Gallery Projects , , , ,

Mapping as Metaphor & Practice in Community-Immersive Teacher Education

Christopher Rogers
University of Pennsylvania Graduate School of Education

Anna Smith
Illinois State University College of Education

Gallery Project Statement

Recent work led by Souto Manning et. al (2019) has sought to interrupt the unjust status quo of teacher education by forwarding a shared transformative justice commitment that the rich legacies and assets of communities of color must be recognized, leveraged, and cultivated in and through teacher education programs, structures, and practices. While much research about the effectiveness of culturally-responsive curriculum exists (Dee & Penner 2017), it has yet to catalyze everyday practice within teacher education to embrace an ecological view (Lee 2008) of the small activities taken up by residents that coalesce into lively communities full of intrigue, dreams, and possibilities in spite of long-standing legacies of marginalization. The purpose of our project seeks to explore the possibilities of teacher-led collaborative mapping as an avenue within K-12 teacher preparation programs to address this demand. We ask: From where do teachers learn to cultivate and sustain critical connections with a community? We are in the process of documenting the work of teacher educators embarking upon community mapping as a form of critical connected learning (Ito et al. 2013) for the teachers and communities of color with whom they work.

In communities, such as the South Africa-based Chimurenga collective (Ose 2014), and disciplines such as urban planning, geography, and learning sciences, work in community mapping can be utilized to draw out the ways youth and adults transform the spaces they inhabit into incubators of pleasure, hope, and desire amidst ongoing marginalization (Bates et al. 2018; Ribakoff & Coval 2017; Hunter & Robinson 2018; Taylor & Hall 2013). Teacher education has much to gain from (re)mapping strategies to support teachers in becoming part of the thriving communities in which they wish to serve. Following Solnit and Shapiro (2016) and Corner (1999, p.214) we take up mapping not merely as a representational activity, but as a transformational “cultural project, creating and building the world as much as measuring and describing it”. As collaborative practice, mapping has the capacity to surface multiple and conflicting conditions and perspectives of the educational landscapes across a community that may otherwise be overlooked or discounted (Leander 2010). In this sense, the practices of community mapping hold promise to operate as meaning-making incubators of the type youth are already engaged.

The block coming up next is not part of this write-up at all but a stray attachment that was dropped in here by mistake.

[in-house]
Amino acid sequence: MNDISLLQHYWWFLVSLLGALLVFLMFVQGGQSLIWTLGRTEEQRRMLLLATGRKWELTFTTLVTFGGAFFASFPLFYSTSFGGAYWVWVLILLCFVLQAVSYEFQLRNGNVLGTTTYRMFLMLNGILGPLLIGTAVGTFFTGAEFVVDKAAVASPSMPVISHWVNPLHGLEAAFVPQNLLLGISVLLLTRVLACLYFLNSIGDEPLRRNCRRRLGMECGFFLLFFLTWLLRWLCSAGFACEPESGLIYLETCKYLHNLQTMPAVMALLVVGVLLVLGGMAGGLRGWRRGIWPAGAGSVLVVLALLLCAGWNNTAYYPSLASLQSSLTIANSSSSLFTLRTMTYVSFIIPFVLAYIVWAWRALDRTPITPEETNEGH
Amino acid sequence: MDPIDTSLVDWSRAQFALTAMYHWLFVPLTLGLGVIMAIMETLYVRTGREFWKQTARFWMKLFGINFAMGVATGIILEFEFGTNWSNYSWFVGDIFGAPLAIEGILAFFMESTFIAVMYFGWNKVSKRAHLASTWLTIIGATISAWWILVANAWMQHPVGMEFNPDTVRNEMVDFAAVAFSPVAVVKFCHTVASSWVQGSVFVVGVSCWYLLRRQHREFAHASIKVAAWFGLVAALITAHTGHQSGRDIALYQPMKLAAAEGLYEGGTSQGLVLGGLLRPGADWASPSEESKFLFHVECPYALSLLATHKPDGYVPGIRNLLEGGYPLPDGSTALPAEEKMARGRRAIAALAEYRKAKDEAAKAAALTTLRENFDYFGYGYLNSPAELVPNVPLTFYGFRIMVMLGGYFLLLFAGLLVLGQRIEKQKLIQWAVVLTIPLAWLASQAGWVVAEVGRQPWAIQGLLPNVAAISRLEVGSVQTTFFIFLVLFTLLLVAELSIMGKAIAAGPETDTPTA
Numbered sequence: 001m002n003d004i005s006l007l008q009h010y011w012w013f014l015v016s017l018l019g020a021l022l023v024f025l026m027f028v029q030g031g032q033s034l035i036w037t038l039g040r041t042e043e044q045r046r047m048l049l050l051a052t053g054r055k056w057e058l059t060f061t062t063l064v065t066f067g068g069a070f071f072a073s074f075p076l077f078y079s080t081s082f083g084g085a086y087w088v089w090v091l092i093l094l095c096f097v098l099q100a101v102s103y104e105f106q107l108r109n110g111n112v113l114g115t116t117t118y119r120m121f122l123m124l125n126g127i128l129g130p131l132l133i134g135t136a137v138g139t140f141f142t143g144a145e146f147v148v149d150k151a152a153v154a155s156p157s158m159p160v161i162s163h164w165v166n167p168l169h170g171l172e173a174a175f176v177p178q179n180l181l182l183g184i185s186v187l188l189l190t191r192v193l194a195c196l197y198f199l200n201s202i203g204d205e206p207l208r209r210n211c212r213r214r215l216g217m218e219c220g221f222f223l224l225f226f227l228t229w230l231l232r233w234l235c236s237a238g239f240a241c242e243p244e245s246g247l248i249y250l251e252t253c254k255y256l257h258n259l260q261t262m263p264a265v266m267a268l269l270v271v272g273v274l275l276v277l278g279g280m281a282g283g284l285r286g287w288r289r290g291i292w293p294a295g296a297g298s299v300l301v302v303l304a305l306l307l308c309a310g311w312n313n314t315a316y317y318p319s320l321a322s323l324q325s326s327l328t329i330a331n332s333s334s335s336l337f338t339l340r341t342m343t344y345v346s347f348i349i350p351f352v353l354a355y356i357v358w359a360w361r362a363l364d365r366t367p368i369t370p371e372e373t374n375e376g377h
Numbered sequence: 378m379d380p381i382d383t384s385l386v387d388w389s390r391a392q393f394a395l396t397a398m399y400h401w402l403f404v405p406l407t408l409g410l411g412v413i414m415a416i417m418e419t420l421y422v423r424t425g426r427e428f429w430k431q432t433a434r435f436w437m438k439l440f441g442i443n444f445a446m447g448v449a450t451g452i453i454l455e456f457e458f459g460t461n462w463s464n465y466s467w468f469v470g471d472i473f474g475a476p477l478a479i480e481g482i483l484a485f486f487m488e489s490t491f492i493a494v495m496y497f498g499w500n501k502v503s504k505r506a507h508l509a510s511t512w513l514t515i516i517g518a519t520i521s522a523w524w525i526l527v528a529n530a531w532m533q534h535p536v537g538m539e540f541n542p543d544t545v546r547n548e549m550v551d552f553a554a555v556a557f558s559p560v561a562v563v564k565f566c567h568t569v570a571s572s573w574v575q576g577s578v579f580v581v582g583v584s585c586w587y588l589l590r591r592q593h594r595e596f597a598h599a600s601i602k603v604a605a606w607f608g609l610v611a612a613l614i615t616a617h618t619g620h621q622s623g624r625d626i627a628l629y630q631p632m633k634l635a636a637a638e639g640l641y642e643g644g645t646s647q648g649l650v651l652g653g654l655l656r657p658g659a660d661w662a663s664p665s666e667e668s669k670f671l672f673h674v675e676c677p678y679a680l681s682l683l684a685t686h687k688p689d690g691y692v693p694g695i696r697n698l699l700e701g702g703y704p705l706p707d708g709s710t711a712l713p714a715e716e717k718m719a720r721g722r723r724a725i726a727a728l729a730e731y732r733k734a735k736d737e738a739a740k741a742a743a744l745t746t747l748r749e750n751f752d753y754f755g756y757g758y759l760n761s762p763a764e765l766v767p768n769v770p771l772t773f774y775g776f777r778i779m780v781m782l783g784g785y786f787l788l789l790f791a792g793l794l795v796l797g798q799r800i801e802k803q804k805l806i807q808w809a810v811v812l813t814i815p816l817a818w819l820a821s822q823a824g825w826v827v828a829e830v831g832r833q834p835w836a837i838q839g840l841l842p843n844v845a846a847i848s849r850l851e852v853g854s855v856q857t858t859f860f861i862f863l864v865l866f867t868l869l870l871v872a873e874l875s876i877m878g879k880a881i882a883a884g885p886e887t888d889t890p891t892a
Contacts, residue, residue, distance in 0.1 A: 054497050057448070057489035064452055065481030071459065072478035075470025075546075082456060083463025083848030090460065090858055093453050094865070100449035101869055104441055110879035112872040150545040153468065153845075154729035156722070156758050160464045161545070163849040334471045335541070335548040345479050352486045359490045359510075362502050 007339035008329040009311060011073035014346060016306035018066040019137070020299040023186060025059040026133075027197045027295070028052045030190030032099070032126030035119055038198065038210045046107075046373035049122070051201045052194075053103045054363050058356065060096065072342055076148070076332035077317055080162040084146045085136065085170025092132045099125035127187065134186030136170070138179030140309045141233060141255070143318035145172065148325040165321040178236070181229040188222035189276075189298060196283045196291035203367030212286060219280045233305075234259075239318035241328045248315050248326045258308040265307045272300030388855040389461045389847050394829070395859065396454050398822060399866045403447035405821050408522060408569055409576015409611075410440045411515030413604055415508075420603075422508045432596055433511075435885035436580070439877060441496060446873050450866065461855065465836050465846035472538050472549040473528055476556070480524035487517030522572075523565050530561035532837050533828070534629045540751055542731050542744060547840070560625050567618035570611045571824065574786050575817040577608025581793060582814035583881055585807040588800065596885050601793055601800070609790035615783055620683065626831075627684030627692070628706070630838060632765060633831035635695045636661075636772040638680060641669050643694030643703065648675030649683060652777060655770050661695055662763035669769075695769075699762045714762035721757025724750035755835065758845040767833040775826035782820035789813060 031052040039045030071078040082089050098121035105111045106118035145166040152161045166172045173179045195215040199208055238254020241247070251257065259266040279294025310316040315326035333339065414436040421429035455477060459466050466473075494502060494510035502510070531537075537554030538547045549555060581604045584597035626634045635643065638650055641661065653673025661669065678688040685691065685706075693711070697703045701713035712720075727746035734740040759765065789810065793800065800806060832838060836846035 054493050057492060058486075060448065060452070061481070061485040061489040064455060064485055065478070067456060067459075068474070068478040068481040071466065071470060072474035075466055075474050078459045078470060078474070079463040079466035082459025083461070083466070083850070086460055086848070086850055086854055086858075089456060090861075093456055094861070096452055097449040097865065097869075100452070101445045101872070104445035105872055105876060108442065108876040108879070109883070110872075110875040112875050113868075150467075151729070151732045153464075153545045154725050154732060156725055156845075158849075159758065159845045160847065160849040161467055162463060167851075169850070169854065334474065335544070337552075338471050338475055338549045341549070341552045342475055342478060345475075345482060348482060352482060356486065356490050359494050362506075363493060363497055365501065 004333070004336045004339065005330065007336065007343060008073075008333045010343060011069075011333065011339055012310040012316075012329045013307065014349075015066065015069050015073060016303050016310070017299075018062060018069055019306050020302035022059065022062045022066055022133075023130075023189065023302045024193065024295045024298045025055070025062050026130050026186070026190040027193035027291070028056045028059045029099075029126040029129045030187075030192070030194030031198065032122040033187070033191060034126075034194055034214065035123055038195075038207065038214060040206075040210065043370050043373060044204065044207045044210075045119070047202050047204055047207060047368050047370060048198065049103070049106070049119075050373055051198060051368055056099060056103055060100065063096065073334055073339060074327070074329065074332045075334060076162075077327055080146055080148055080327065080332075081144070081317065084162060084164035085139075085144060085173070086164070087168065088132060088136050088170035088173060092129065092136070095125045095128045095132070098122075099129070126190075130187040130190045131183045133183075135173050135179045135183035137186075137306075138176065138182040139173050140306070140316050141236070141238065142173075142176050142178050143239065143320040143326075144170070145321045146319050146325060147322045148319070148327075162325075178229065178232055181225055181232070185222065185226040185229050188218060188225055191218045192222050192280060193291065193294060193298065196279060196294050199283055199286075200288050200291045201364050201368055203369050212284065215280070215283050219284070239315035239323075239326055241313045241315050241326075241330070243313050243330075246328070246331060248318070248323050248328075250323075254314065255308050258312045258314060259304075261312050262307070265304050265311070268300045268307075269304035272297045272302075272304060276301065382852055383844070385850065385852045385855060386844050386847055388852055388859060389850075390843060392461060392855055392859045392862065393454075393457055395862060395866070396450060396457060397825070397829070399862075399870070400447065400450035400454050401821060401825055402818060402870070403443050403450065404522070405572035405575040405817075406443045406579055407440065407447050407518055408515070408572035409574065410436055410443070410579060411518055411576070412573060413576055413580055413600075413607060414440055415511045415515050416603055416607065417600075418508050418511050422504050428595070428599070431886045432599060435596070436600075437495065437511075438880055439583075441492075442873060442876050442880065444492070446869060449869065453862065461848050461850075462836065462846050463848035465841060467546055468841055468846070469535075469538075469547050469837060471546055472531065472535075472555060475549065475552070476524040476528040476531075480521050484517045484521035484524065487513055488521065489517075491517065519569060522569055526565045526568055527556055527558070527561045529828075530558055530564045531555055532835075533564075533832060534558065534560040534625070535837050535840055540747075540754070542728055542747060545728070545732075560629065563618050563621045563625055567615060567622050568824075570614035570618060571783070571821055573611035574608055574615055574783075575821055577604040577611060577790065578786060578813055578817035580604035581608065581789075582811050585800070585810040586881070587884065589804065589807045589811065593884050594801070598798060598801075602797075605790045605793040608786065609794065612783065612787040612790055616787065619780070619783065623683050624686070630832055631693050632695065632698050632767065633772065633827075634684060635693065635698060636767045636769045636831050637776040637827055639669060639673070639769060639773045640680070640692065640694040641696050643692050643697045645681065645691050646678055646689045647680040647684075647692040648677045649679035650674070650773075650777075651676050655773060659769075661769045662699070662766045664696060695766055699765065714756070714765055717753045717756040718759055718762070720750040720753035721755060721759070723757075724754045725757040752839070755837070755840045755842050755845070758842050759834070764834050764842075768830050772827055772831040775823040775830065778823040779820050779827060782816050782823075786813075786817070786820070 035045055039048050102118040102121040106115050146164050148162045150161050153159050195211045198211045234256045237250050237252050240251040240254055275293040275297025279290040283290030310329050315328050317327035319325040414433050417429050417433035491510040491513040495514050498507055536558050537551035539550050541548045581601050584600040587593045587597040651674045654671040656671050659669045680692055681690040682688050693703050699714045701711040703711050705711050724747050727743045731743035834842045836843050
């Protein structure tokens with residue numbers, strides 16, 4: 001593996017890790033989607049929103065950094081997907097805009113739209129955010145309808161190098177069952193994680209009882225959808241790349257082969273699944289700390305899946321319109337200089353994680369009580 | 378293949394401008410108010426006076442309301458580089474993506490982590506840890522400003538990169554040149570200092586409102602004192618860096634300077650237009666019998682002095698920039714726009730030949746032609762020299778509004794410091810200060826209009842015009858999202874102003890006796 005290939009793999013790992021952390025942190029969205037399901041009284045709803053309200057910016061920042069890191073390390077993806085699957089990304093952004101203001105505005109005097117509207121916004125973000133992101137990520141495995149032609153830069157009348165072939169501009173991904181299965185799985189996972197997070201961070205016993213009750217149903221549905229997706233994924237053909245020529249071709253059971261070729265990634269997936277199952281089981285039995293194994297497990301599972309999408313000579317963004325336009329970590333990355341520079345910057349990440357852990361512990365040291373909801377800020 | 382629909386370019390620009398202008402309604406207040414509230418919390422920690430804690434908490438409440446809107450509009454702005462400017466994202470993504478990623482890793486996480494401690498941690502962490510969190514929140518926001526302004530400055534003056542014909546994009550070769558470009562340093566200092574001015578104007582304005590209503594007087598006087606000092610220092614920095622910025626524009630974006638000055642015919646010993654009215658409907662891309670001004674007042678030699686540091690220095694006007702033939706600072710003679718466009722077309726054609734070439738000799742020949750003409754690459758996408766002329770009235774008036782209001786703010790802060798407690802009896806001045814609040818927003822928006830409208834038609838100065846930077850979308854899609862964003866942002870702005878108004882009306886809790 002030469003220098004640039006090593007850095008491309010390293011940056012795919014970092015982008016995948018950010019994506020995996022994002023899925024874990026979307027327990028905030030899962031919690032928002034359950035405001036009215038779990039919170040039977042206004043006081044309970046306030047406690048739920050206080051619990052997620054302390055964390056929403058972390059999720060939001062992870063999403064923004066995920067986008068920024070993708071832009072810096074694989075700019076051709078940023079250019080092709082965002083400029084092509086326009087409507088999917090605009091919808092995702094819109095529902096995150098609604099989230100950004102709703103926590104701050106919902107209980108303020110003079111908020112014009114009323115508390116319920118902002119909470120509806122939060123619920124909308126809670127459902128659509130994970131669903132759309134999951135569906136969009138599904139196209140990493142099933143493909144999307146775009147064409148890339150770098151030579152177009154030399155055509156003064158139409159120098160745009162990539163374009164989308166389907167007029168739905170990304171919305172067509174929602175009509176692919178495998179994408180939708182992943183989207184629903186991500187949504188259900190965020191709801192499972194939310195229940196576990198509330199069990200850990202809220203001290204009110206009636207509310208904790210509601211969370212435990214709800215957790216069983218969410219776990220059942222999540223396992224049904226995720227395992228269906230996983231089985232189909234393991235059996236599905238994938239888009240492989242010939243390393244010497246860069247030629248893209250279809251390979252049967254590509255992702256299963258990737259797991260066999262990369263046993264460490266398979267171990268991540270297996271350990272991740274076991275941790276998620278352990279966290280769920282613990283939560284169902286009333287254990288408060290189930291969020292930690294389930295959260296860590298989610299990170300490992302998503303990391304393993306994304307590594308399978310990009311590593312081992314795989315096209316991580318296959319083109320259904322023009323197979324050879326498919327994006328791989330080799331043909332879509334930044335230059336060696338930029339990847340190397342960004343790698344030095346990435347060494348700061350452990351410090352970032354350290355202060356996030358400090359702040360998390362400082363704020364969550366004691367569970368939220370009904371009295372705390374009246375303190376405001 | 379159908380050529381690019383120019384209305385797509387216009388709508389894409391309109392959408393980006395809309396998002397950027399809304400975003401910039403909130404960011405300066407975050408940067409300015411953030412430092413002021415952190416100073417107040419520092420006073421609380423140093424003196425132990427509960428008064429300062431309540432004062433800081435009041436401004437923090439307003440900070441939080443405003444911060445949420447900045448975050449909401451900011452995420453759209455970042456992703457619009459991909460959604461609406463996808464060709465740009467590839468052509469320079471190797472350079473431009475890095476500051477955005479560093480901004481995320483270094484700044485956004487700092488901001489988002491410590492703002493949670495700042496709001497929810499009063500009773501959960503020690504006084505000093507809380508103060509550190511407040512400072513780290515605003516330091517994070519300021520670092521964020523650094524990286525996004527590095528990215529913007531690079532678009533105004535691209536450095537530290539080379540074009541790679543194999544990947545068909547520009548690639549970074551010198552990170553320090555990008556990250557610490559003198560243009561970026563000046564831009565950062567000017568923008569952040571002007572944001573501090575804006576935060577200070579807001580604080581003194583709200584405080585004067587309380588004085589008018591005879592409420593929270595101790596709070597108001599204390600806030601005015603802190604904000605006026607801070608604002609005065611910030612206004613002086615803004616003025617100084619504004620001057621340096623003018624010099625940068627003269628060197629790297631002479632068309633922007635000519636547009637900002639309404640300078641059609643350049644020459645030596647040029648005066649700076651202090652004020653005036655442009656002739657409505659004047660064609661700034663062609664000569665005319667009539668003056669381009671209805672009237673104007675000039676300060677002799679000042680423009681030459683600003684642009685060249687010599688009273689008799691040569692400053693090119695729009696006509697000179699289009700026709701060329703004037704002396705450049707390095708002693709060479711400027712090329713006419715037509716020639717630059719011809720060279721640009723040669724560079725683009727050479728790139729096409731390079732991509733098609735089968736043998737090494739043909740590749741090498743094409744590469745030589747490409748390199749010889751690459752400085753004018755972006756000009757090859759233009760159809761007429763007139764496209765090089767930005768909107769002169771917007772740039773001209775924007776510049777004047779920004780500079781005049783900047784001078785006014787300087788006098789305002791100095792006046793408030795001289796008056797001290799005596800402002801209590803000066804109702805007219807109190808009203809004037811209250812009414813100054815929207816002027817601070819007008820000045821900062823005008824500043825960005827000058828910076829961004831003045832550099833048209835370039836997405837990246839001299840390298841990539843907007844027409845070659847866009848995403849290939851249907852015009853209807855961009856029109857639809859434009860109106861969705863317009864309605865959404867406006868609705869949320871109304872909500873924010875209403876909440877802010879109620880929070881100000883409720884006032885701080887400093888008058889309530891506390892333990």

In our initial findings, (re)mapping activities in teacher education are elucidating links between people, places, and spaces that form the lifeblood of a community. The cerebral work of (re)mapping (Solnit & Shapiro 2016) is allowing teachers to (re)discover youth lived experience, improvisation, and imagination (Edjabe 2017) as interest-driven forms of knowledge that can be carried through curriculum and leveraged toward civic, economic, academic, and political opportunities (Ito, et al. 2013). Drawing from research around Rasquache and Black spatial imaginaries (Bedoya 2014) that take an asset-based approach to communities of color, we recognize the potential for transformative teacher education (Souto-Manning 2019) and pedagogies that flow from being immersed in these ways within community.


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